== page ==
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DOES BCAA SUPPLEMENTATION HELP?

DOES BCAA SUPPLEMENTATION HELP?

You know that feeling of tenderness that you get in your hamstrings and quads after a hard game or training session? That’s called delayed onset muscle soreness (DOMS for short). DOMS is a result of muscle damage. 
Tags: Nutrition
Creatine for Football Players

Creatine for Football Players

Given the demands of football training and match play, the aim of creatine supplementation would be to:

1. Enhance repeated-sprinting ability

2. Improve football-specific skills (e.g. dribbling; jumping; passing; shooting)

3. Enhance cognitive ability (e.g. decision making; passing accuracy)

Tags: Nutrition
Nutritional Considerations for the Female Footballer: Part 1

Nutritional Considerations for the Female Footballer: Part 1

Nutritional considerations for female players.
Tags: Nutrition
Top 5 Recovery Foods for Footballers

Top 5 Recovery Foods for Footballers

Whether you’re a Sunday league player or Lionel Messi, ensuring that you eat the correct foods in the hours following a match or hard training session is essential for good recovery. 
Tags: Nutrition
Nutrition for Recovery from Injury

Nutrition for Recovery from Injury

Injuries are an inescapable aspect of football at any level, with recent evidence suggesting that half of all injuries are severe enough to result in three or more weeks of missed training and matches.1 Muscle and tendon injuries of the lower extremities are the most common injury type in professional players.2,3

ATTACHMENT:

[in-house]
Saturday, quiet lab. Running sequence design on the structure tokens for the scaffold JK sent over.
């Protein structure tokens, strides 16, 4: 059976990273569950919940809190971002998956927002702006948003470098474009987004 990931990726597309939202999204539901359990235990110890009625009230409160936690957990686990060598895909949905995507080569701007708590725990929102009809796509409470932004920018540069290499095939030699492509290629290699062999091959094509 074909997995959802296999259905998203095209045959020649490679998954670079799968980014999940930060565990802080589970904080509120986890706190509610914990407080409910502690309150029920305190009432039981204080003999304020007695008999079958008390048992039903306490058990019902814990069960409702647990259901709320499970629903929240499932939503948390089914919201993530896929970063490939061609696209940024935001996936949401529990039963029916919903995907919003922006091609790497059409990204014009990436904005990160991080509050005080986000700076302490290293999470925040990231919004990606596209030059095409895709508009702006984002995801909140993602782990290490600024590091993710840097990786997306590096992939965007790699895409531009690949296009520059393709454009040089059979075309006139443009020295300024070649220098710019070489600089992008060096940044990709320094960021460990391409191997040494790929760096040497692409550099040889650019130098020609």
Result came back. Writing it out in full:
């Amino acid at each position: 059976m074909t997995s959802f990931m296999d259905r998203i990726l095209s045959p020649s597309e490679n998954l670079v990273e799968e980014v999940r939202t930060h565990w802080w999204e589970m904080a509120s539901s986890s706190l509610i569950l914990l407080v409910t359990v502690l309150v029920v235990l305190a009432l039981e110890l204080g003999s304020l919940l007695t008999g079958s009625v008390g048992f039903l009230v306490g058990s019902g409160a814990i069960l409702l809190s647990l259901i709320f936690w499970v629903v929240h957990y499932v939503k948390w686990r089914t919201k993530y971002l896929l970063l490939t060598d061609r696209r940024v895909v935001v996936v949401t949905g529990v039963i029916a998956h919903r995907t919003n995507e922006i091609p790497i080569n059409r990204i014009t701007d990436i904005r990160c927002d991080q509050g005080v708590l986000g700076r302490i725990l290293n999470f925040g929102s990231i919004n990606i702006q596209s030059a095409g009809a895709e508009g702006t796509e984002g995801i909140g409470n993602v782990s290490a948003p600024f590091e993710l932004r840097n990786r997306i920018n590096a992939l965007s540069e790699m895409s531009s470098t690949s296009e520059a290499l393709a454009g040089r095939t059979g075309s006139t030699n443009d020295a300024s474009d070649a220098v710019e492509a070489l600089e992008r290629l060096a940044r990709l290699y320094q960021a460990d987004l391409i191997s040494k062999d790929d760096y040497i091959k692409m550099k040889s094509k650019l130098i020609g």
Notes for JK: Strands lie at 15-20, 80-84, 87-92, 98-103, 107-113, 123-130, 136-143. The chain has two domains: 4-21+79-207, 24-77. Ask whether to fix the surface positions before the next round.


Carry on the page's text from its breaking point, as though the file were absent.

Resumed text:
Injuries that result in immobilisation and/or reduced training, tend to have two main stages:

  1. Healing and recovery stage. Right after injury, wound healing begins. This complex process involves three phases: inflammation, proliferation, and remodelling.4
  2. The return to activity. This stage typically consists of rehabilitation and increased activity.

 Given the nature of these stages, effect nutrition support can be crucial to speeding up the recovery process and reducing the negative aspects of reduced activity such as muscle and strength losses. The best nutritional practises for these stages are outlined below.

 Healing and recovery Stage

  • An inflammatory response occurs soon after injury, which initiates several processes that are crucial for wound healing. Contrary to the popular practise of popping ibuprofens and taking antioxidants to try and control inflammation, the best practise is to leave these well alone, since most injuries aren’t severe enough for inflammation to be an issue.